Casein - An Overlooked Medium


An Overlooked Medium

The Model Resting, Casein/Tempera, 1889, Henri de Toulouse Lautrec
The Model Resting     Casein/Tempera    
1889     Henri de Toulouse Lautrec

   We have recently been re-exploring our casein paints, wanting to understand more clearly the basics of this lesser-used water-based pigment often referred to as "milk paint".


Flatiron Building, Manhattan, ca. 1906, Casein, Colin Campbell Cooper
Flatiron Building    ca. 1908     Casein     Colin Campbell Cooper

Beethoven Frieze, The Hostile Powers, 1902, Casein, Stucco and Gold Leaf on MOrtar, Gustav Klimt
Beethoven Frieze - The Hostile Powers      1902
Casein, Stucco and Gold Leaf on Mortar Gustav Klimt

Niagara Falls, 1879, William Morris Hunt
Niagara Falls     1879     Casein     William Morris Hunt

   Casein is an ancient type of milk-based, water-soluble, opaque paint which has been found in prehistoric cave paintings. Archaeology Magazine has reported that researchers in the Sibudu Cave in South Africa have discovered residue on a stone tool that contains powdered ochre mixed with milk to create paint. The tool dates to 49,000 years ago. Ochre paints have been discovered dating from 125,000 years ago, but this discovery is the first to find milk proteins mixed with the powdered ochre. Casein was commonly used during the age of Pharaohs in Egypt and can be found on ancient Egyptian and Chinese artifacts. Its original primary function was as an adhesive, but when combined with powdered pigments, it became an important, commonly used paint.

   Known for its lustrous surface and vibrant colors, modern formulations of casein emulsion have the advantage of being resistant to water when they completely cure (unlike gouache or tempera). This fact, along with the speed of application and even consistency has made casein very attractive to commercial artists, sign painters and illustrators. Casein commercial house paints were developed and introduced to the market in the early 1900s. Ramon Shiva created a casein paint for artists in 1933, which is now sold through Jack Richeson and Co. Today, casein is being re-considered as a green alternative to other commercially available house paints. Casein became less used with the advent of acrylic paints in the 1950s.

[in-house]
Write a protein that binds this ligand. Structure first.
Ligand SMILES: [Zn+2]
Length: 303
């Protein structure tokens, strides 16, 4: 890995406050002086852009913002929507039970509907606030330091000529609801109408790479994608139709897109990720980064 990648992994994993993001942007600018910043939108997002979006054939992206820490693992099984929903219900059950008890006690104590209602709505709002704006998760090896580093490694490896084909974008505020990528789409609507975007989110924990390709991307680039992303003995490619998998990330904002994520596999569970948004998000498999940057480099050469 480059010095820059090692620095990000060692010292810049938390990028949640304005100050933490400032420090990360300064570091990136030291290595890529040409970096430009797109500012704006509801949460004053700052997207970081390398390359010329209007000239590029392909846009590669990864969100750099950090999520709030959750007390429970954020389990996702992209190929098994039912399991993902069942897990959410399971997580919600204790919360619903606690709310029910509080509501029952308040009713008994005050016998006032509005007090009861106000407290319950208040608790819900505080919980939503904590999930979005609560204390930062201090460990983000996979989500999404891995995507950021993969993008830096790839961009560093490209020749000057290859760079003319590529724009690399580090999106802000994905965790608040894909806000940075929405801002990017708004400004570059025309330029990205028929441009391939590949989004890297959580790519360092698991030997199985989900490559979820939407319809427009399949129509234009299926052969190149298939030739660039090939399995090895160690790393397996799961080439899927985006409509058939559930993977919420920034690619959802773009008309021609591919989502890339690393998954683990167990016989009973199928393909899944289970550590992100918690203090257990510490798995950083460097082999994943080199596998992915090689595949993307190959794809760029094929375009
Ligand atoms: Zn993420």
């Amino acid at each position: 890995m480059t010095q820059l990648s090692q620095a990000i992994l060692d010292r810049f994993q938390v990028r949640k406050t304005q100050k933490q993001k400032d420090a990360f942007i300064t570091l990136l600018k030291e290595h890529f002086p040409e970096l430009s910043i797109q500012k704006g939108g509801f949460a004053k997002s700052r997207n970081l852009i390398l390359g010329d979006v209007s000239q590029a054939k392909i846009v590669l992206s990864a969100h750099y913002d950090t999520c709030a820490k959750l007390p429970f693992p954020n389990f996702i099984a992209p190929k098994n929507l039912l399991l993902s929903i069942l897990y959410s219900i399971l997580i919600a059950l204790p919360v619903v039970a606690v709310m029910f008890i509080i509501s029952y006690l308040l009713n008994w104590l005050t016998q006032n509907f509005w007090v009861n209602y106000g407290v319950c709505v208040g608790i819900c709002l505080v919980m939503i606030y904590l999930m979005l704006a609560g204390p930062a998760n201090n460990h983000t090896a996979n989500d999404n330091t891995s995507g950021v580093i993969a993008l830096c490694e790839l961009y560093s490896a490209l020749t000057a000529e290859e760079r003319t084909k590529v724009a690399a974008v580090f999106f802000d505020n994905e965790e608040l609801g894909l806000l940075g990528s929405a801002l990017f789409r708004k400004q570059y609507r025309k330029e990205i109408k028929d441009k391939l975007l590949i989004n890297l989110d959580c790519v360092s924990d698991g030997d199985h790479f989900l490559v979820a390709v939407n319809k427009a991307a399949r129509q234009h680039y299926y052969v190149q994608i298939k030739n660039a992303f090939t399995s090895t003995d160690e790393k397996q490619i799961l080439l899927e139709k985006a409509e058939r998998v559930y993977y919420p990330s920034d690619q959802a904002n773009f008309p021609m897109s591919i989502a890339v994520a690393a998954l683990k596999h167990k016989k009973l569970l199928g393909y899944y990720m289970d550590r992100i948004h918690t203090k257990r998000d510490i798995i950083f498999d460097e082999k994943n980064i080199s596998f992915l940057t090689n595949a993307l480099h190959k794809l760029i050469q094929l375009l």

Casein is visually similar to oil paint and is sometimes used for underpainting. Some advise using an isolating varnish layer between casein and oil to keep the oil from sinking down into the casein. When applied thinly, casein can also be used as an underpainting for pastels. John likes to use this technique and finds that applying thin layers of rich casein color at the block-in stage, allows for thinner pastel layers in the finish.

casein and pastel painting of sunlit meadow with dog
July 22nd   Casein and Pastel     John Hulsey

   Casein can be thinned with water for washes or used straight from the tube for thicker, more opaque impasto passages. Adding a bit of white with water brightens the transparency of colors. Extra emulsion can be used as a paint medium to change the sheen from flat to eggshell. Casein can even be buffed to a satiny sheen when thoroughly dry, which takes about two weeks for thick paintings. As with watercolor or gouache, it can be used on paper or any surface that accepts water-based paint, but, because dry casein is brittle, it is best to paint on a surface which is rigid. It can also be varnished, but varnish will deepen the colors.

Basketmaking, ca. 1940, Casein, Pablita Velarde
Basketmaking     Casein     1940     Pablita Velarde
(This is one in a series of more than 70 casein paintings of New Mexican Native American life
created by Santa Clara Pueblo artist, Pablita Velarde for the Bandelier National Monument.)

   Brushes may be difficult to completely clean after using casein. Even though it washes up with water, any paint residue not cleaned out of the brush will harden. Casein paint can be used with watercolor, acrylic and gouache. It can be corrected with a damp cloth or, if dry, with a weak mixture of ammonia and water. The ability to correct, or change is a major difference from gouache. Color shifting occurs as the pigments dry, so doing test swatches is advised.

Anticipation, 16 x 24", Casein on Panel, © Mary Nagel Klein
Anticipation     Casein     Mary Nagel Klein

   One contemporary artist using casein paints is Mary Nagel Klein. She has also published a book about the medium. See our interview with her here - Voice of Experience:  Mary Nagel Klein.

   Another artist working extensively in casein today is James Gurney. See an interview here. Search his blog for “casein” to find out valuable information on painting with casein.

Jack Richeson and Co., Inc. is the primary supplier of casein paints for artists today with the Shiva brand. Their website has a comprehensive FAQ page with information on casein paints. Click here to see the contemporary virtual casein exhibition sponsored by Richeson in 2020.

Copyright Hulsey Trusty Designs, L.L.C. (except where noted). All rights reserved.
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